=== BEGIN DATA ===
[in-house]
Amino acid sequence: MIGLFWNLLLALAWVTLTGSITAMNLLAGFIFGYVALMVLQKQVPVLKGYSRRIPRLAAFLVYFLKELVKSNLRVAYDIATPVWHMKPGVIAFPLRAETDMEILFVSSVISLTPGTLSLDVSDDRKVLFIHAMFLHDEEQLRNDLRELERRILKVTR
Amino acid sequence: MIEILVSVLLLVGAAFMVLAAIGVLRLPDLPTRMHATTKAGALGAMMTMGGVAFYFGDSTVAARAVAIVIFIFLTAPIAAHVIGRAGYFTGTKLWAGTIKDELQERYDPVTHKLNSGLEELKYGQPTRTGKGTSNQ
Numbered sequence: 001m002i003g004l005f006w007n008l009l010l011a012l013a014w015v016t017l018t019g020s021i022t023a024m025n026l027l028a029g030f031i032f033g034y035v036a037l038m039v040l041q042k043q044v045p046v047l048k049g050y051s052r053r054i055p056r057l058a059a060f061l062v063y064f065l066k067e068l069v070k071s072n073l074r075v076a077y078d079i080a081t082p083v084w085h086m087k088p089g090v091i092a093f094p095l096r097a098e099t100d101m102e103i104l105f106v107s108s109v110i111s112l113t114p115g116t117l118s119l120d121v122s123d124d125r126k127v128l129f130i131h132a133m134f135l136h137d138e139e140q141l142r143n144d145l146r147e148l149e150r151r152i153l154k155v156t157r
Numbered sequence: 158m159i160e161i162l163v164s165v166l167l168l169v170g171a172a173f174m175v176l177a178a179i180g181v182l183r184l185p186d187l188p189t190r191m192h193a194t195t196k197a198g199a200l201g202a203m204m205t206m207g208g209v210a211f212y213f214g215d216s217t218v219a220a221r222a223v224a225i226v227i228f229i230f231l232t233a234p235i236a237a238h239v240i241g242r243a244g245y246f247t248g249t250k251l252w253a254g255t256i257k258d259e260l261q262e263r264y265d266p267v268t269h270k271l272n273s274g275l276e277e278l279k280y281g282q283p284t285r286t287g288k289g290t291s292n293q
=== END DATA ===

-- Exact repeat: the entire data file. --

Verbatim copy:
[in-house]
Amino acid sequence: MIGLFWNLLLALAWVTLTGSITAMNLLAGFIFGYVALMVLQKQVPVLKGYSRRIPRLAAFLVYFLKELVKSNLRVAYDIATPVWHMKPGVIAFPLRAETDMEILFVSSVISLTPGTLSLDVSDDRKVLFIHAMFLHDEEQLRNDLRELERRILKVTR
Amino acid sequence: MIEILVSVLLLVGAAFMVLAAIGVLRLPDLPTRMHATTKAGALGAMMTMGGVAFYFGDSTVAARAVAIVIFIFLTAPIAAHVIGRAGYFTGTKLWAGTIKDELQERYDPVTHKLNSGLEELKYGQPTRTGKGTSNQ
Numbered sequence: 001m002i003g004l005f006w007n008l009l010l011a012l013a014w015v016t017l018t019g020s021i022t023a024m025n026l027l028a029g030f031i032f033g034y035v036a037l038m039v040l041q042k043q044v045p046v047l048k049g050y051s052r053r054i055p056r057l058a059a060f061l062v063y064f065l066k067e068l069v070k071s072n073l074r075v076a077y078d079i080a081t082p083v084w085h086m087k088p089g090v091i092a093f094p095l096r097a098e099t100d101m102e103i104l105f106v107s108s109v110i111s112l113t114p115g116t117l118s119l120d121v122s123d124d125r126k127v128l129f130i131h132a133m134f135l136h137d138e139e140q141l142r143n144d145l146r147e148l149e150r151r152i153l154k155v156t157r
Numbered sequence: 158m159i160e161i162l163v164s165v166l167l168l169v170g171a172a173f174m175v176l177a178a179i180g181v182l183r184l185p186d187l188p189t190r191m192h193a194t195t196k197a198g199a200l201g202a203m204m205t206m207g208g209v210a211f212y213f214g215d216s217t218v219a220a221r222a223v224a225i226v227i228f229i230f231l232t233a234p235i236a237a238h239v240i241g242r243a244g245y246f247t248g249t250k251l252w253a254g255t256i257k258d259e260l261q262e263r264y265d266p267v268t269h270k271l272n273s274g275l276e277e278l279k280y281g282q283p284t285r286t287g288k289g290t291s292n293q